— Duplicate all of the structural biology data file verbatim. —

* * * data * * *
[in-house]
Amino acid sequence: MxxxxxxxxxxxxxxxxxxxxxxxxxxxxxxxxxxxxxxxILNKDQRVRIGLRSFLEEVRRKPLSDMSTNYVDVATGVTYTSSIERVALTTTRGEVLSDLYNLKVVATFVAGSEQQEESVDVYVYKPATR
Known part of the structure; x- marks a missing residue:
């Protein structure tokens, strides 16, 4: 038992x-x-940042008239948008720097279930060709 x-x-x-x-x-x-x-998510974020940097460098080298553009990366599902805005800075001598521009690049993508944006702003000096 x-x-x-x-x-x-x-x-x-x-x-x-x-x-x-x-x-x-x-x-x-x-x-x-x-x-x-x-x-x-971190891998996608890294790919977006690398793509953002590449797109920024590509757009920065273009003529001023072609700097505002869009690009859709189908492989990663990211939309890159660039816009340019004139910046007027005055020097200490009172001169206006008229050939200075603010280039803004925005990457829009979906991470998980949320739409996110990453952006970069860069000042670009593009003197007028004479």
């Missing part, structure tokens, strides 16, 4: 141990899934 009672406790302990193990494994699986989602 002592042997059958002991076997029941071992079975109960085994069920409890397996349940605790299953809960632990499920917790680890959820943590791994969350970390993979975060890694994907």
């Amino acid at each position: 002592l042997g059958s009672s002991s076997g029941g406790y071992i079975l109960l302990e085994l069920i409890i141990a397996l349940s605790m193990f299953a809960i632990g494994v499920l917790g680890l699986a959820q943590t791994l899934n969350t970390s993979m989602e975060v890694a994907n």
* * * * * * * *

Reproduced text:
[in-house]
Amino acid sequence: MxxxxxxxxxxxxxxxxxxxxxxxxxxxxxxxxxxxxxxxILNKDQRVRIGLRSFLEEVRRKPLSDMSTNYVDVATGVTYTSSIERVALTTTRGEVLSDLYNLKVVATFVAGSEQQEESVDVYVYKPATR
Known part of the structure; x- marks a missing residue:
């Protein structure tokens, strides 16, 4: 038992x-x-940042008239948008720097279930060709 x-x-x-x-x-x-x-998510974020940097460098080298553009990366599902805005800075001598521009690049993508944006702003000096 x-x-x-x-x-x-x-x-x-x-x-x-x-x-x-x-x-x-x-x-x-x-x-x-x-x-x-x-x-x-971190891998996608890294790919977006690398793509953002590449797109920024590509757009920065273009003529001023072609700097505002869009690009859709189908492989990663990211939309890159660039816009340019004139910046007027005055020097200490009172001169206006008229050939200075603010280039803004925005990457829009979906991470998980949320739409996110990453952006970069860069000042670009593009003197007028004479």
């Missing part, structure tokens, strides 16, 4: 141990899934 009672406790302990193990494994699986989602 002592042997059958002991076997029941071992079975109960085994069920409890397996349940605790299953809960632990499920917790680890959820943590791994969350970390993979975060890694994907």
């Amino acid at each position: 002592l042997g059958s009672s002991s076997g029941g406790y071992i079975l109960l302990e085994l069920i409890i141990a397996l349940s605790m193990f299953a809960i632990g494994v499920l917790g680890l699986a959820q943590t791994l899934n969350t970390s993979m989602e975060v890694a994907n």